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    ABSTRACT: Stem cell markers are upregulated in various cancers and have potential as prognostic indicators. The objective of this study was to determine the expression of three stem cell markers, aldehyde dehydrogenase 1 (ALDH-1), B cell-specific Moloney murine leukemia virus integration site 1 (Bmi-1), and Nanog, in esophageal squamous cell carcinoma (ESCC) tissues. Immunohistochemistry was used to measure the expression of ALDH-1, Bmi-1, and Nanog in ESCC tissues from 41 patients who received pre-operative chemoradiation. We evaluated the relationship between expression of these markers, and clinicopathological features, tumor regression grade (TRG), and 5-year overall survival (OS). There were no significant associations of ALDH-1 or Bmi-1 expression with age, gender, clinical stage, and treatments (p>0.05). However, patients with Nanog-positive tumors were significantly older than those whose tumors were Nanog-negative (p = 0.033). TRG after treatment was significantly associated with expression of ALDH-1 (p = 0.001), Bmi-1 (p = 0.004), and Nanog (p<0.001). Although OS was significantly better in patients with low TRGs (p = 0.001), there were no significant correlations between ALDH-1, Bmi-1, or Nanog with OS. Expression of ALDH-1, Bmi-1, and Nanog correlated with TRG, but not OS. Further large studies are necessary to fully elucidate the prognostic value of these stem cell markers for ESCC patients.
    Full-text · Article · Aug 2014 · PLoS ONE
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    • "One of the main biological challenges is heterogeneity of the CTC population. The significance of many molecularly different CTC subpopulations (i.e., cancer stem CTCs and CTCs with epithelial to mesenchymal transition [EMT]) has been clarified in the last decade [3,7,31,33,34], but quantitative and temporal heterogeneity of CTCs remains poorly understood. This, at least partly, can be explained by technical limitations of existing CTC assays that mainly use in vitro testing of blood samples. "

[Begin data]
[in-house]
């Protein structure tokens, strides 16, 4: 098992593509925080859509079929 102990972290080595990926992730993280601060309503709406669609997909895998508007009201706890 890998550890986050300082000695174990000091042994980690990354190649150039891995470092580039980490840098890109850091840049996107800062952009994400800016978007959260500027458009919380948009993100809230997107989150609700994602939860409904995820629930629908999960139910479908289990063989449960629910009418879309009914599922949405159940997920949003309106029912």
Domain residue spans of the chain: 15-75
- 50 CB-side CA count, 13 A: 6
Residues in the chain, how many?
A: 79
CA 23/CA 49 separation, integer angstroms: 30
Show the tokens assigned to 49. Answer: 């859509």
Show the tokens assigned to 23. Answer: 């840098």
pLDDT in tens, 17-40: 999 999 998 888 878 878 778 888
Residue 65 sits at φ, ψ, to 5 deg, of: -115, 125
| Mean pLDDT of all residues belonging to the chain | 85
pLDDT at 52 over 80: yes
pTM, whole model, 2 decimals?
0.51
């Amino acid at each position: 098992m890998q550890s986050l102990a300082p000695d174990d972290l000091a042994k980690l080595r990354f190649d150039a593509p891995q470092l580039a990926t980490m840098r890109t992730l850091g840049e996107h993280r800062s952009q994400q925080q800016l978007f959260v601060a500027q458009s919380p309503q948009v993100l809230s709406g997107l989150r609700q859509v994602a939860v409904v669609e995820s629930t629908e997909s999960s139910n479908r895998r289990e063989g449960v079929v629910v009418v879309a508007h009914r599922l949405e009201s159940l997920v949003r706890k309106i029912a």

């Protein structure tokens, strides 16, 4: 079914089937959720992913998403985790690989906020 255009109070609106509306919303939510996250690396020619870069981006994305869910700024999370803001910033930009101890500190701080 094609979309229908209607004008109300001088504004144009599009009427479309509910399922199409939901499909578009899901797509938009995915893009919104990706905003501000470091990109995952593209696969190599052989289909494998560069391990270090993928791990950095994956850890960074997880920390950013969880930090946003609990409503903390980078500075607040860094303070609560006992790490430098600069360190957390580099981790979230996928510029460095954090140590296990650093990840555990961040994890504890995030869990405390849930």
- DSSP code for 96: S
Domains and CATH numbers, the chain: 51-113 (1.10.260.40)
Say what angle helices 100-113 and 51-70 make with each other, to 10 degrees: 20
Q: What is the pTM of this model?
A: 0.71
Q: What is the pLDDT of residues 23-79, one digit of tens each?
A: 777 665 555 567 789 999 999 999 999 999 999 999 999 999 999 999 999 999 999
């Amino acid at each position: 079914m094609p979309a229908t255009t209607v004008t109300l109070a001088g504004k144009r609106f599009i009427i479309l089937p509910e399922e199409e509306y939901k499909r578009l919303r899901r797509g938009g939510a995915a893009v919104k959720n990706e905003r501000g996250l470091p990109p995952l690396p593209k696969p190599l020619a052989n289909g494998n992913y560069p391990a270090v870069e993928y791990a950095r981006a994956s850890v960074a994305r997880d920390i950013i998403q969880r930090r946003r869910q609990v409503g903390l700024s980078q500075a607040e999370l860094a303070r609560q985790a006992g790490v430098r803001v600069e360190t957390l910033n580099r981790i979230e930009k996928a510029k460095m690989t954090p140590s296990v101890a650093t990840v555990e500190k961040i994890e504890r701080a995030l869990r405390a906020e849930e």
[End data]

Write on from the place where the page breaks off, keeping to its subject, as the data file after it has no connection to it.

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    ABSTRACT: Circulating tumor cells (CTCs) are a promising diagnostic and prognostic biomarker for metastatic tumors. We demonstrate that CTCs' diagnostic value might be increased through real-time monitoring of CTC dynamics. Using preclinical animal models of breast cancer and melanoma and in vivo flow cytometry with photoacoustic and fluorescence detection schematics, we show that CTC count does not always correlate with the primary tumor size. Individual analysis elucidated many cases where the highest level of CTCs was detected before the primary tumor starts progressing. This phenomenon could be attributed to aggressive tumors developing from cancer stem cells. Furthermore, real-time continuous monitoring of CTCs reveals that they occur at highly variable rates in a detection point over a period of time (e.g., a range of 0-54 CTCs per 5 min). These same fluctuations in CTC numbers were observed in vivo in epithelial and non-epithelial metastatic tumors, in different stages of tumor progression, and in different vessels. These temporal CTC fluctuations can explain false negative results of a one-time snapshot test in humans. Indeed, we observed wide variations in the number of CTCs in subsequent blood samples taken from the same metastatic melanoma patient, with some samples being CTC-free. If these phenomena are confirmed in our ongoing in vivo clinical trials, this could support a personalized strategy of CTC monitoring for cancer patients.
    Full-text · Article · Mar 2014 · Cancers